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Friday, April 8, 2016

Spring is ... psych!

Had the weirdest dream last night, Anti Lincoln. I dreamed I saw Joe Hill .... I mean, I dreamed there was snow all over the place, like it was mid January. Talk about unrealistic. Hey, pull up the shade ... it's kind of dark in here. What the .... WHAT?

Yeah, that snowfall took us all a little bit by surprise here at the abandoned Cheney Hammer Mill in frosty upstate New York. Somehow, after a freakishly mild winter (which I personally think was cooked up by our own Mitch Macaphee, mad science adviser), snow has returned in early April. Once again, I think Mitch might have had a hand in this. He's got this big-ass smoke machine that shoots unnamed projectiles into the heavens - missiles loaded with I don't know what the fuck, and lots of it. Mitch cranks it up, the sucker sputters and pops for a few minutes, then it starts snowing. Kind of. (That might be torn up fragments of Mitch's membership agreement with the National Academy of Mad Science.)

Nice gizmo, Mitch.Okay, so let's assume the weather has nothing to do with Mitch's cloud bazooka. This is effed up, man! Remember now - we are squatters in this here hammer mill, see? And, well ... the heat in this place is a little unreliable. Most of the winter we depend on an old wood stove in what used to be the shipping office. It's the mansized tuber's job to stoke the thing, and sometimes he falls down on the job a little. But most days we manage to keep the ice off the dishwater ... though I don't suppose you're aware of how effective ice can be as a dishwashing medium. It scrapes, it emulsifies, it .... okay, I'm exaggerating. You have to look on the bright side when you're freezing your ass off.

Winter is in extra innings. We can live with that. After all, we have spent weeks on remote planets, like Pluto, for instance. We have traveled to the center of this here Earth. We have, I don't know ... done lots of stupid stuff. Certainly this is no stupider.

So, Marvin (my personal robot assistant) and the mansized tuber are tasked with fanning the flames for another week. Good exercise, even for a robot. And an animate stump.

Paycheck politics.

California and New York both passed minimum wage bills this past week; California's a bit more generous, but both better than the status quo. Quite an accomplishment, given where this issue was just a few years ago: namely, the conservative business class demagoguing the very idea of raising working people's wages, warning of job losses, companies shutting down, etc. The federal minimum wage, enacted in 2009, is $7.25 ... an amount of money so puny that it barely makes it to your pocket before it evaporates. I would like to see some of these business owners, trade association representatives, and conservative political pundits who complain so heartily about raising it try to live on that. The simple fact is, it is not a livable wage, not by a long shot, and yet it is the amount earned by a substantial segment of the population caught up in this weak economic recovery.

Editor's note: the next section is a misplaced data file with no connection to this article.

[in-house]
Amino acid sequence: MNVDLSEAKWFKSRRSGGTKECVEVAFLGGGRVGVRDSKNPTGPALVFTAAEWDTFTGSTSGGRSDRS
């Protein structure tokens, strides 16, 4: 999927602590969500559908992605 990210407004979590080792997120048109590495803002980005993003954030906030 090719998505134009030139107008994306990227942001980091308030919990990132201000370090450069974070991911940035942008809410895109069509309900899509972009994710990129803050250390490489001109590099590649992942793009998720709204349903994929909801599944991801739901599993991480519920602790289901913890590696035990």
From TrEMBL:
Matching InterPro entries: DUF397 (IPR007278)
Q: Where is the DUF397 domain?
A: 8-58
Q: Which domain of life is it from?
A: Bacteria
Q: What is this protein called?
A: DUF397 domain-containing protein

They did it. Nice work.Frankly, it amazes me how cynical the resistance to a higher, inflation-indexed minimum wage truly is. Pegging the minimum at $7.25 was low enough in 2009; but the buying power of that wage has declined since then. Those who argue for leaving it where it is need to explain why they feel business should pay progressively less money for the same labor, year after year. (Am I the only one bothered by this?) Those who say that only teenagers looking for after-school work earn the minimum wage need to move into the current century. Those who feel raising the minimum wage gives earners more than they deserve, amounting to a kind of tax/entitlement, should be reminded that poor wage-earners rely more heavily on remaining forms of public assistance just to get by, such that we are all, in effect, subsidizing employers like Wal-Mart.

So things have moved on this issue a bit. Thanks are due to the many thousands of fast-food workers across the nation who stood up and demanded justice. One would hope that all of them get justice before too terribly long, but the fight continues. My own feeling is that we need a minimum wage pegged to inflation, and that the calculation for inflation should reflect more realistically the cost of living for most Americans and the types of things they spend the most money on. An indexed minimum wage will pull this issue out of the political sphere - it would also indicate a level of national comfort with the notion that people should be compensated for their hard work, and that that compensation should be resilient enough not to back-slide every time there's an energy spike.

Nice work, everyone who got involved. Let's move on to what's next.

luv u,

jp